by Richard van Pelt, WWI Correspondent
From the front page of the Daily Capital Journal, the headlines reported growing tensions between the United States and Germany, coupled with fears that war was imminent:
AMERICANS READY TO LEAVE BERLIN WITHIN 24 HOURS
Passports In Shape To Take Any Route to Germany At Once
SPECIAL TRAIN TO BE FURNISHED NOTABLES
Tension Growing Since Publication of Article Alleging Secret Treaty
Americans here are generally apprehensive and are anticipating a break between Germany and the United States. It has been rumored for days that all should be ready to leave upon 24 hours notice.
An American dentist [said] that Consul General Lay had informed him it would not be advisable to make future dates for patients.
Although government officials continue optimistic in the belief that the differences between the two nations will be adjusted, Americans here say they are finding life in Berlin more unpleasant daily – especially since the foreign publication of the widely quoted article from the “Fatherland” of New York, claiming that the United States has a secret treaty with the allies.
Affidavits submitted after the sinking of the Lusitania stated that the ship was armed. The sinking of the Lusitania so angered the British that members of the stock exchange demanded the withdrawal of all members of German birth, even though naturalized. Workers at one shipbuilding plant threatened to strike unless employees with German names were discharged. Allegations of perjury resulted in a federal grand jury and this was reported in the day’s paper under the headline “German Reservist Charged With Perjury:”
Gustave Stahl, the German reservist, who swore in an affidavit that the liner Lusitania carried concealed guns aboard when she sailed on her last voyage, was arrested here today on a charge of perjury by government agents.
Stahl was taken into custody as he left the federal grand jury room after testifying in the investigation being conducted into the resorts that the Lusitania was armed.
Stahl’s affidavit was received at the state department, but in view of the report of the officials that the Lusitania was searched and was found to carry no guns, either mounted or unmounted, was merely made the subject of investigation. Stahl claimed guns were concealed on the upper deck of the Lusitania also that the vessel carried a quantity of gun cotton and that the manifest was falsified, that the explosives might be taken from port.
The debate over the Lusitania continues to this day. The sinking did lead to a change in attitude toward the war by Americans and the sinking became a powerful propaganda tool.
The Germans charged that the British were using American passengers as human shields. The British denied throughout the war that the Lusitania carried munitions. Fifty years later, when a salvage team indicated their plans to explore and salvage the vessel, they were advised by the British government that there were explosives that could pose a danger to exploration and salvage.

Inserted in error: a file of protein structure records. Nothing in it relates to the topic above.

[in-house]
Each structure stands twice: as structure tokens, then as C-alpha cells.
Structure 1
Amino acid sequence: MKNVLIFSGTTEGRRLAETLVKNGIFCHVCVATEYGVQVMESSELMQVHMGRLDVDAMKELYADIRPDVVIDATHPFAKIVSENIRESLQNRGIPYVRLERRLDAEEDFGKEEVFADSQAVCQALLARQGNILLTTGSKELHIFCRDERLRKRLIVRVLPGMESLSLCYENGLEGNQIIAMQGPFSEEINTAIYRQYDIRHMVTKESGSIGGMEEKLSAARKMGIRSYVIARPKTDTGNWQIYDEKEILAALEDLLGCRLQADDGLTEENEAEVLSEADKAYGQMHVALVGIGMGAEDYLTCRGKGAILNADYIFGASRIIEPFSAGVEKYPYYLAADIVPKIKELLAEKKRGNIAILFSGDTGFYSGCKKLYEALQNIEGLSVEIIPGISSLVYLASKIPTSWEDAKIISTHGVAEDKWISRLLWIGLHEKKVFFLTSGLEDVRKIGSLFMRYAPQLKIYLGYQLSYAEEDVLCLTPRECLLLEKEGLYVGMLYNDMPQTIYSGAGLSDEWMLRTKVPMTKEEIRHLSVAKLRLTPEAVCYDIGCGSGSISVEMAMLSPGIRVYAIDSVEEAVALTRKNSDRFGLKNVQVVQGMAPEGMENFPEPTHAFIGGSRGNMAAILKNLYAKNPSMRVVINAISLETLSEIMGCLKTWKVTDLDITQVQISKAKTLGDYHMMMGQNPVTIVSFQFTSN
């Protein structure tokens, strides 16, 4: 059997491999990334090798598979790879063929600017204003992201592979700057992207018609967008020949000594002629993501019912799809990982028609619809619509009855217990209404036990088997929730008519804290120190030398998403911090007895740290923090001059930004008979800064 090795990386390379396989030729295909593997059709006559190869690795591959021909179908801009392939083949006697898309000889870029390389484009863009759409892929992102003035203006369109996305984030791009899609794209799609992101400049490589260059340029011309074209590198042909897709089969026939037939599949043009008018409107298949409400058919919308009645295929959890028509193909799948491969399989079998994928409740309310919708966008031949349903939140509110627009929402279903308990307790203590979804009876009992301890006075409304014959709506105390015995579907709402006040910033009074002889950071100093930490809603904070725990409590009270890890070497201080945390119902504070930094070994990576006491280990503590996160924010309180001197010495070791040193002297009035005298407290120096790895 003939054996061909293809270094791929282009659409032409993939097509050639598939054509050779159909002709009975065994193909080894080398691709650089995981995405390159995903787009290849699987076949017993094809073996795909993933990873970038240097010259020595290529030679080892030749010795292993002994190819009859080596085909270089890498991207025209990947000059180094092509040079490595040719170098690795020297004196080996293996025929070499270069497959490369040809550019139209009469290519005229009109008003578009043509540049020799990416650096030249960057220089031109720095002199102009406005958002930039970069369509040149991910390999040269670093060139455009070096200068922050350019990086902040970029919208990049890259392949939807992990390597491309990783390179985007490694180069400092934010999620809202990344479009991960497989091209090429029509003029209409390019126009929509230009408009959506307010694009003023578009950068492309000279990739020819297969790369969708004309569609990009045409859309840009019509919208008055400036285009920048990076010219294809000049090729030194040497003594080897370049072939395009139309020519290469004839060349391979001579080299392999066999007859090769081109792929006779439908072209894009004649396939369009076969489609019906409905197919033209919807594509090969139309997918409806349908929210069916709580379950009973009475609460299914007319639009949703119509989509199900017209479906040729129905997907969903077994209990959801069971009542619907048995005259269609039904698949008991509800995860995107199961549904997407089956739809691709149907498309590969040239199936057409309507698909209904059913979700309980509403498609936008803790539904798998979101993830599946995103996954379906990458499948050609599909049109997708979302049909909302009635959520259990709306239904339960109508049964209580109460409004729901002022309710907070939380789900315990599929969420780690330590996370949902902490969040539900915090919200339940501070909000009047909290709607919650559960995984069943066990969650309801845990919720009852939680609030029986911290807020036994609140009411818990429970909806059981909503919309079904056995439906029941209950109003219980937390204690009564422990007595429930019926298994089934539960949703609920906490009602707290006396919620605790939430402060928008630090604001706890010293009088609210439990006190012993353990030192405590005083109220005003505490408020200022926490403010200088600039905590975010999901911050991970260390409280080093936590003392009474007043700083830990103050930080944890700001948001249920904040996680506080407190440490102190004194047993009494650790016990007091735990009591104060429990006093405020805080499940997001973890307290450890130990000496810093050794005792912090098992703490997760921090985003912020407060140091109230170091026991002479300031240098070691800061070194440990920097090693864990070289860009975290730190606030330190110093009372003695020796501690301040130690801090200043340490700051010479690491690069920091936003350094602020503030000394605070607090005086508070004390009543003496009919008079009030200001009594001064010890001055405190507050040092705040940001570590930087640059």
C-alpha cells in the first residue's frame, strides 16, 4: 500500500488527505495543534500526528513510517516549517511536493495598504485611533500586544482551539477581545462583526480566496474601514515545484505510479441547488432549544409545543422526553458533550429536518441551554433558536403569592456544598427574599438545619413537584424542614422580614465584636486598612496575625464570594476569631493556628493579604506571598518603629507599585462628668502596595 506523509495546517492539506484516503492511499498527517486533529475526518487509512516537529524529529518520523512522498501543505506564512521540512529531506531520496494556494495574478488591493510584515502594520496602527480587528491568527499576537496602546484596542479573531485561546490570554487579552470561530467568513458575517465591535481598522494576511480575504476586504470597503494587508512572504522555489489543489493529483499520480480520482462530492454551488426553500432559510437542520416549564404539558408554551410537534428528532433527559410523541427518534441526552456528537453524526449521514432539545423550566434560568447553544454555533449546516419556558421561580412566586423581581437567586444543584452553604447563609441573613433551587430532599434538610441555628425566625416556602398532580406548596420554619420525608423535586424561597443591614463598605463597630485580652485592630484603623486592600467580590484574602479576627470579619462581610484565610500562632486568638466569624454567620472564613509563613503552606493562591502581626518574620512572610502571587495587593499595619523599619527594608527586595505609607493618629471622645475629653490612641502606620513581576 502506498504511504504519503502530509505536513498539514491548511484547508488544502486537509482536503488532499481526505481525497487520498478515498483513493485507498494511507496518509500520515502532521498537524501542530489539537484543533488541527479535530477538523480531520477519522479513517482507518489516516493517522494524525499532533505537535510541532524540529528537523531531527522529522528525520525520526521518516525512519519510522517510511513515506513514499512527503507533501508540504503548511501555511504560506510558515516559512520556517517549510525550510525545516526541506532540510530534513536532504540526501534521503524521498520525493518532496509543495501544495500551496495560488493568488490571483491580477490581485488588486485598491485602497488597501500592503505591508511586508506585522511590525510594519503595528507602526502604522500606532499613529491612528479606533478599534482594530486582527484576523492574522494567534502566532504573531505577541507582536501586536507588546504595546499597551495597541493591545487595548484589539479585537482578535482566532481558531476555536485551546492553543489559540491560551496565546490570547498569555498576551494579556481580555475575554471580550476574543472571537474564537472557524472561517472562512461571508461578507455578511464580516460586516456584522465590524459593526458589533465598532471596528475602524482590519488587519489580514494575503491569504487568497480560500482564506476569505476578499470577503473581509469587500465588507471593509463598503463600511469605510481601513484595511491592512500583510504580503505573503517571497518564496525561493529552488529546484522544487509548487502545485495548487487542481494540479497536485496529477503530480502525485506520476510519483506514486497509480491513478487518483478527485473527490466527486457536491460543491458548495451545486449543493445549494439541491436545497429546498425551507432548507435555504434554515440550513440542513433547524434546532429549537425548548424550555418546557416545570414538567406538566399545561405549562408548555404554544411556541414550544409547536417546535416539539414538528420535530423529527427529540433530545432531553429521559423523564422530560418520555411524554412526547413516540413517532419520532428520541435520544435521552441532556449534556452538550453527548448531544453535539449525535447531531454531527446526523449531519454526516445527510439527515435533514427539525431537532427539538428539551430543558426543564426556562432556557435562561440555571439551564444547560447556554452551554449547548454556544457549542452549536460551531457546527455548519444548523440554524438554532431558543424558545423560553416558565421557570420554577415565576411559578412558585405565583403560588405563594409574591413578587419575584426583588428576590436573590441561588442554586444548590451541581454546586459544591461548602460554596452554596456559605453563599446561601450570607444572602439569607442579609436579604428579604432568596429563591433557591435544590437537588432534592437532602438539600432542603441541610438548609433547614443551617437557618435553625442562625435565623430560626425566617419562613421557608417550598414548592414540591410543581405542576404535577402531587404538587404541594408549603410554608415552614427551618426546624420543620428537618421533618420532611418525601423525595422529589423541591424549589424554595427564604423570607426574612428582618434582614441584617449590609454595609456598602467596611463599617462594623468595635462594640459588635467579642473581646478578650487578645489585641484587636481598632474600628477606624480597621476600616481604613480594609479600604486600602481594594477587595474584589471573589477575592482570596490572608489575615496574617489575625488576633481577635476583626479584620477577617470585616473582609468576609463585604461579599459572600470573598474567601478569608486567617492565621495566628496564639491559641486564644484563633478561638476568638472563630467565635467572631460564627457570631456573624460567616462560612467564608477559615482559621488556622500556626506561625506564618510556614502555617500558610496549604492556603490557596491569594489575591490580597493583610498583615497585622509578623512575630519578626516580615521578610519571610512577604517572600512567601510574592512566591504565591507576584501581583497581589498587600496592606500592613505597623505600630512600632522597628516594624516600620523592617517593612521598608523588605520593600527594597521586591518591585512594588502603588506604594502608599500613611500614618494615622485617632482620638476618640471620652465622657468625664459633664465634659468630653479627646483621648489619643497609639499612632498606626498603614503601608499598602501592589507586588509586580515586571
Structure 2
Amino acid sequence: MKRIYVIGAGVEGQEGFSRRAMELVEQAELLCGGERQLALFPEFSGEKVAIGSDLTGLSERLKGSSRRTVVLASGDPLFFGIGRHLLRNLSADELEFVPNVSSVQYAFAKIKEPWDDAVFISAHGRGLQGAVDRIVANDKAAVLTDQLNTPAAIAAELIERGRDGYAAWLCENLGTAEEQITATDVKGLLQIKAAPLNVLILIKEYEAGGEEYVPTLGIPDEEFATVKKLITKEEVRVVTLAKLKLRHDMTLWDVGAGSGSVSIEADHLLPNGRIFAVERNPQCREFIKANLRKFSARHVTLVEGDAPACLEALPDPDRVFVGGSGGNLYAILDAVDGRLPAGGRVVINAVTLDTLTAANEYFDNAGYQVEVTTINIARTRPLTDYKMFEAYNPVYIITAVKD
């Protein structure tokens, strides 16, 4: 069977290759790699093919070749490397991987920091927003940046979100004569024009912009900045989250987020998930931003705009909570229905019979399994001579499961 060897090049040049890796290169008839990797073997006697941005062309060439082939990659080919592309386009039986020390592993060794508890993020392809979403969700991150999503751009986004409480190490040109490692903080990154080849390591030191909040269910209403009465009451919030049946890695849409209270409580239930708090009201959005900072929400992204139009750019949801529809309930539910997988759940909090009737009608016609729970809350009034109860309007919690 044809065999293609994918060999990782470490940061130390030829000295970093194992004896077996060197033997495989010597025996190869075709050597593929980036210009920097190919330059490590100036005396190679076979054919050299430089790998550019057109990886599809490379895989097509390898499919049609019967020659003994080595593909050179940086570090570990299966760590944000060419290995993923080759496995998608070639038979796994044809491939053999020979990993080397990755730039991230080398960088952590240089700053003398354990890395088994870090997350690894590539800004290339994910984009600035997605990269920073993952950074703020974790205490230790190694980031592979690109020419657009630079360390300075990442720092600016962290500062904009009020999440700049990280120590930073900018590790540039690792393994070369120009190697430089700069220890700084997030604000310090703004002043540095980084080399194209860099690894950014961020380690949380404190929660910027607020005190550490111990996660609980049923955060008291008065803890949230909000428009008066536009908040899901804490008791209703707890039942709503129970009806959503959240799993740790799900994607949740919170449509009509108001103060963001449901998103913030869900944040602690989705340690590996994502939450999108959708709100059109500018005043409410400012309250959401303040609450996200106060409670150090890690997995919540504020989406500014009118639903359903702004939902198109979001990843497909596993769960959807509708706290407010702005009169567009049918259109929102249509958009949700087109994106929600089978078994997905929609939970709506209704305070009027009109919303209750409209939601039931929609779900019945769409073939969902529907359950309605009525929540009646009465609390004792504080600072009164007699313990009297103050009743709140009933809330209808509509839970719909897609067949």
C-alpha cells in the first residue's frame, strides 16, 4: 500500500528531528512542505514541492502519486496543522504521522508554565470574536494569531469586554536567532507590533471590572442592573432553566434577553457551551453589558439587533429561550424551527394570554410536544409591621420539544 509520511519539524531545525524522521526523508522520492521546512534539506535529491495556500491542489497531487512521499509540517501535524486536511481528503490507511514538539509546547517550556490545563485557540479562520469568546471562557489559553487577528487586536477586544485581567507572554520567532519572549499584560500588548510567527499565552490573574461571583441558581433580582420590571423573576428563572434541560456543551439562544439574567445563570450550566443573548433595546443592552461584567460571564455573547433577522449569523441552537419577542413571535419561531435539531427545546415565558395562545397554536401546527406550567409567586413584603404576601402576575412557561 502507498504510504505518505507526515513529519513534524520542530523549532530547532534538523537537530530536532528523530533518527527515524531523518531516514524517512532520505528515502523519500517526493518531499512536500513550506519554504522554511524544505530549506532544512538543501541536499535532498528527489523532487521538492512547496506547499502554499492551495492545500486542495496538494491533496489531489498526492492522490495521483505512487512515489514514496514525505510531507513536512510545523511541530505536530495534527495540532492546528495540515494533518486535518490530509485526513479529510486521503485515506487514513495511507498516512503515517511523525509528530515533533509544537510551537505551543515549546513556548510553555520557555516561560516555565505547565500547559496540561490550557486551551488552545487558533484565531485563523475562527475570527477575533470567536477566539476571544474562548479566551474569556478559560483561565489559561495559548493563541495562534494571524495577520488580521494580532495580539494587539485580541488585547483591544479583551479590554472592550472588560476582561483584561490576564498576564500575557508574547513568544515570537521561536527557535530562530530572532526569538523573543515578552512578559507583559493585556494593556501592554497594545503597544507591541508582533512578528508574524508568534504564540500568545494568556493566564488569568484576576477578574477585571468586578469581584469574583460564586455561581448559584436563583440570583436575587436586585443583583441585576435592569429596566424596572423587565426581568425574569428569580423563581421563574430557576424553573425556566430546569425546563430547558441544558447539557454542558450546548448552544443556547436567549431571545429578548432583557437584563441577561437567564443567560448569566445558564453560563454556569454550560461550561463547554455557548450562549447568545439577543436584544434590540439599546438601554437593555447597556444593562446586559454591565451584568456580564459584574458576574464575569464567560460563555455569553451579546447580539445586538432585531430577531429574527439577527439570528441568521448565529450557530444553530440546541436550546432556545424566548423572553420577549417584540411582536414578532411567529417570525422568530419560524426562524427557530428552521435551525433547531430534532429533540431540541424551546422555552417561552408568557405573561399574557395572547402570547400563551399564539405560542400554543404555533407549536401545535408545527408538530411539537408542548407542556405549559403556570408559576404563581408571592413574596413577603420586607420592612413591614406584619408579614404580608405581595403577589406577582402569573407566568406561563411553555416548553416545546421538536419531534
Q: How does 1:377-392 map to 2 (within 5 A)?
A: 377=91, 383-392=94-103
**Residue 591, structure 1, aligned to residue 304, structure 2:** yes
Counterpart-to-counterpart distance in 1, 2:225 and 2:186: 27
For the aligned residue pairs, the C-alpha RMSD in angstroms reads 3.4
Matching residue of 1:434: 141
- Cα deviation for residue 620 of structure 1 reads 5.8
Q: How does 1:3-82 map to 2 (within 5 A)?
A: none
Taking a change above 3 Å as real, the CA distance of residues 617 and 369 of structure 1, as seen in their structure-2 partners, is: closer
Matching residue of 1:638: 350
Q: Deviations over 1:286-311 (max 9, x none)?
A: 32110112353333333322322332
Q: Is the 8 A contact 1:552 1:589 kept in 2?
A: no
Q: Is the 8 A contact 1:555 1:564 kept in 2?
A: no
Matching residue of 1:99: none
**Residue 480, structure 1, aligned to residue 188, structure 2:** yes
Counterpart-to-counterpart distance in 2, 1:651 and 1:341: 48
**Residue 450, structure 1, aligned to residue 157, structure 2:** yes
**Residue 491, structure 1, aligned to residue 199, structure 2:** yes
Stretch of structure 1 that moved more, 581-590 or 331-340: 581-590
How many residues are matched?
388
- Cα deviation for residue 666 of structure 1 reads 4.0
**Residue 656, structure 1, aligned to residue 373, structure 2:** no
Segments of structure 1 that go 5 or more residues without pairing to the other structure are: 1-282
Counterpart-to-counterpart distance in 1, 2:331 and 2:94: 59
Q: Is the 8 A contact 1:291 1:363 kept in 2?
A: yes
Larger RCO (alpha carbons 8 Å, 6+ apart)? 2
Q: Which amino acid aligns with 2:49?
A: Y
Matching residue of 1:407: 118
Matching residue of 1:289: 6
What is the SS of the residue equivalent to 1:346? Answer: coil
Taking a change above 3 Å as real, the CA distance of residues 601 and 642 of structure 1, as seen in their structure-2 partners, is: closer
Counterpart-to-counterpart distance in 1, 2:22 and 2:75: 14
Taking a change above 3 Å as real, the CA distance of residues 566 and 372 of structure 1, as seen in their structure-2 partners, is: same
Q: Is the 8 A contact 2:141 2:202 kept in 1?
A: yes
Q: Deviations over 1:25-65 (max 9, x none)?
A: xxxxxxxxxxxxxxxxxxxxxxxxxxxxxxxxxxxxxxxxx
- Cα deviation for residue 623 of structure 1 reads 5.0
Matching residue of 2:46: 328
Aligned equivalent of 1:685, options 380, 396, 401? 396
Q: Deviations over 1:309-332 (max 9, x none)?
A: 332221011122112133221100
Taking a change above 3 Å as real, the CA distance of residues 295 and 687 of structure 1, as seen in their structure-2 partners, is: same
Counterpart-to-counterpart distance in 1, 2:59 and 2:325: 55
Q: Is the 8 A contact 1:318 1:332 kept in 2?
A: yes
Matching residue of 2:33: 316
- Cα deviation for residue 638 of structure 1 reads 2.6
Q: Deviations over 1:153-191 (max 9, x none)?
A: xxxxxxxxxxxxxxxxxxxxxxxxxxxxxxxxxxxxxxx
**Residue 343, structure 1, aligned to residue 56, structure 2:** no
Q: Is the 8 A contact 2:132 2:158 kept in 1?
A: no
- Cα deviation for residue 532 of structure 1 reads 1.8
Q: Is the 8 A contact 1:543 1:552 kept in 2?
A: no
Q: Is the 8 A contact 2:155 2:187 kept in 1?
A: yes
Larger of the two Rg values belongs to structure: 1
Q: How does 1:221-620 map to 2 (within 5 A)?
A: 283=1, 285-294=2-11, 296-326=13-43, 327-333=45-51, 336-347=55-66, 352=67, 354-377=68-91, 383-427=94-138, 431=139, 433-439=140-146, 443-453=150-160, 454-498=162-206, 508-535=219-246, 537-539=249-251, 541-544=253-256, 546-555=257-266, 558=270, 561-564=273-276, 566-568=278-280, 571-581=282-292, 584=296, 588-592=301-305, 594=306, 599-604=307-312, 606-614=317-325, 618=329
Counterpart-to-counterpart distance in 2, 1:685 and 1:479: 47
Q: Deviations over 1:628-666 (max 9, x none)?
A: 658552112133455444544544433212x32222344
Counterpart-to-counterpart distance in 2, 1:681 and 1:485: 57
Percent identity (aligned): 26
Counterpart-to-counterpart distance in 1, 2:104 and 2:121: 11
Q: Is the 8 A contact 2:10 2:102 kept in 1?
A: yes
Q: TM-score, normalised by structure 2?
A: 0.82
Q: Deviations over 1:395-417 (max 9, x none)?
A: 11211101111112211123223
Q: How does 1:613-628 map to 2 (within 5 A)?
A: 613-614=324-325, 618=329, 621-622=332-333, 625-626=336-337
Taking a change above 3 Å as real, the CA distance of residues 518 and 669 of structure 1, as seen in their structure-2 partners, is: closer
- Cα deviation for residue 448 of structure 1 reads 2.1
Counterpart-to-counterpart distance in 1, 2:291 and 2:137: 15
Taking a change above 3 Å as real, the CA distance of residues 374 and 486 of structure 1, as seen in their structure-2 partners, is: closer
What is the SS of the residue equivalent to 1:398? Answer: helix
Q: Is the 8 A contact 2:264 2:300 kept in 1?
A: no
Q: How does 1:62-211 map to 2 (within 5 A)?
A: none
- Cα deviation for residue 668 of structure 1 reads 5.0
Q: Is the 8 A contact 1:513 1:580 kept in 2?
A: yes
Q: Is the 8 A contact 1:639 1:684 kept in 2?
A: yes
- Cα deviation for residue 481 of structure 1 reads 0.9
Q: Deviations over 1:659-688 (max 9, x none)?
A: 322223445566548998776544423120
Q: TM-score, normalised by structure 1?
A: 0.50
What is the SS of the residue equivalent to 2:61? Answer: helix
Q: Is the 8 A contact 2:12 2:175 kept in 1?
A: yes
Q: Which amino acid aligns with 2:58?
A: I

For both Great Britain and Germany, the United States, though formally on the sidelines, was far from being a wallflower. The British, especially Winston Churchill, sought to attract neutral shipping in an covert attempt to draw the United States into the war in the hopes that German submarines would trigger American involvement through the sinking of neutral vessels.
On page 2, the paper reports “Italian Joan of Arc Leads Fierce Attack:”
Village Beauty Shoulders Gun and Fights With Emmanuel’s Soldiers
Maria Abbriani, beauty of the village of Nori on the Tyrolean frontier, is the Joan of Arc of the Austro-Italian war.
King Victory Emmanuel has decorated her for bravery in leading a company of Italian infantry against an Austrian battery under heavy fire and also sent her a personal telegram of congratulations. At the same time, the war office today made public the details of the young woman’s feat of arms.
Maria lives with her aged father. With other Italian residents she welcomed the soldiers of King Victor Emmanuel entering Nori. But soon after the town was occupied, Austrian batteries opened fire upon the Italian troops. Immediately Maria asked permission of the commander to carry a gun. Her request was granted and she was also furnished with a plumed hat.
For eight hours the conflict about Nori was in progress, with Maria in the thick of the fight. Then a final crushing attack was decided upon. Handling her rifle like a trained soldier Maria led the squad with which she was fighting in a bayonet attack against the Austrians, and swept them from their positions. A full bersaglieri uniform was given Maria as a souvenir of the fight.